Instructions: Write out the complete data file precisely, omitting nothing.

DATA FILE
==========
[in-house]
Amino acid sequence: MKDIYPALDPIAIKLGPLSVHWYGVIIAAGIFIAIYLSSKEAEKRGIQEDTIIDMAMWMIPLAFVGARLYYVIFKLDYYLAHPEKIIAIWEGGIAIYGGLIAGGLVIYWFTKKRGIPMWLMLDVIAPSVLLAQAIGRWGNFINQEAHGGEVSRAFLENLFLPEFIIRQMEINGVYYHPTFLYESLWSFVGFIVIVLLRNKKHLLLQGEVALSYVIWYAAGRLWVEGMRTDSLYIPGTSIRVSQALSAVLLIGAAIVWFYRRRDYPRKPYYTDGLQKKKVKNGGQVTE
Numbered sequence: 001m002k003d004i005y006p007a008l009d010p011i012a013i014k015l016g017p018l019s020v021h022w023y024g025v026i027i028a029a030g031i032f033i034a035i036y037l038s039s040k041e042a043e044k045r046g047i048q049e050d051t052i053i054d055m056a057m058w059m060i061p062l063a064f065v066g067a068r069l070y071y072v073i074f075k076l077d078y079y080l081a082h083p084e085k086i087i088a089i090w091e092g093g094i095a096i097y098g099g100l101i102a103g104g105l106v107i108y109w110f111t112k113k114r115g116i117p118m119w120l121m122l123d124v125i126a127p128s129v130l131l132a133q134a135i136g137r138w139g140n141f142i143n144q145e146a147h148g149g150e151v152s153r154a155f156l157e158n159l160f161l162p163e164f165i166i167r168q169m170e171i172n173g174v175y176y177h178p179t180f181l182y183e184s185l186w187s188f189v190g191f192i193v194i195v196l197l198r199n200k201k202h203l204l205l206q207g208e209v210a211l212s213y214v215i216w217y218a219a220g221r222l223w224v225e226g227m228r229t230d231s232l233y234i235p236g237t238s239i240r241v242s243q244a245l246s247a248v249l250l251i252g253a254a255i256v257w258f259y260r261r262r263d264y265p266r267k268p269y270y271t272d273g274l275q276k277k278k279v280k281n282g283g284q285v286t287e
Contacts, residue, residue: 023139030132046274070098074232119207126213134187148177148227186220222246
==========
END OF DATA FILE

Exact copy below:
[in-house]
Amino acid sequence: MKDIYPALDPIAIKLGPLSVHWYGVIIAAGIFIAIYLSSKEAEKRGIQEDTIIDMAMWMIPLAFVGARLYYVIFKLDYYLAHPEKIIAIWEGGIAIYGGLIAGGLVIYWFTKKRGIPMWLMLDVIAPSVLLAQAIGRWGNFINQEAHGGEVSRAFLENLFLPEFIIRQMEINGVYYHPTFLYESLWSFVGFIVIVLLRNKKHLLLQGEVALSYVIWYAAGRLWVEGMRTDSLYIPGTSIRVSQALSAVLLIGAAIVWFYRRRDYPRKPYYTDGLQKKKVKNGGQVTE
Numbered sequence: 001m002k003d004i005y006p007a008l009d010p011i012a013i014k015l016g017p018l019s020v021h022w023y024g025v026i027i028a029a030g031i032f033i034a035i036y037l038s039s040k041e042a043e044k045r046g047i048q049e050d051t052i053i054d055m056a057m058w059m060i061p062l063a064f065v066g067a068r069l070y071y072v073i074f075k076l077d078y079y080l081a082h083p084e085k086i087i088a089i090w091e092g093g094i095a096i097y098g099g100l101i102a103g104g105l106v107i108y109w110f111t112k113k114r115g116i117p118m119w120l121m122l123d124v125i126a127p128s129v130l131l132a133q134a135i136g137r138w139g140n141f142i143n144q145e146a147h148g149g150e151v152s153r154a155f156l157e158n159l160f161l162p163e164f165i166i167r168q169m170e171i172n173g174v175y176y177h178p179t180f181l182y183e184s185l186w187s188f189v190g191f192i193v194i195v196l197l198r199n200k201k202h203l204l205l206q207g208e209v210a211l212s213y214v215i216w217y218a219a220g221r222l223w224v225e226g227m228r229t230d231s232l233y234i235p236g237t238s239i240r241v242s243q244a245l246s247a248v249l250l251i252g253a254a255i256v257w258f259y260r261r262r263d264y265p266r267k268p269y270y271t272d273g274l275q276k277k278k279v280k281n282g283g284q285v286t287e
Contacts, residue, residue: 023139030132046274070098074232119207126213134187148177148227186220222246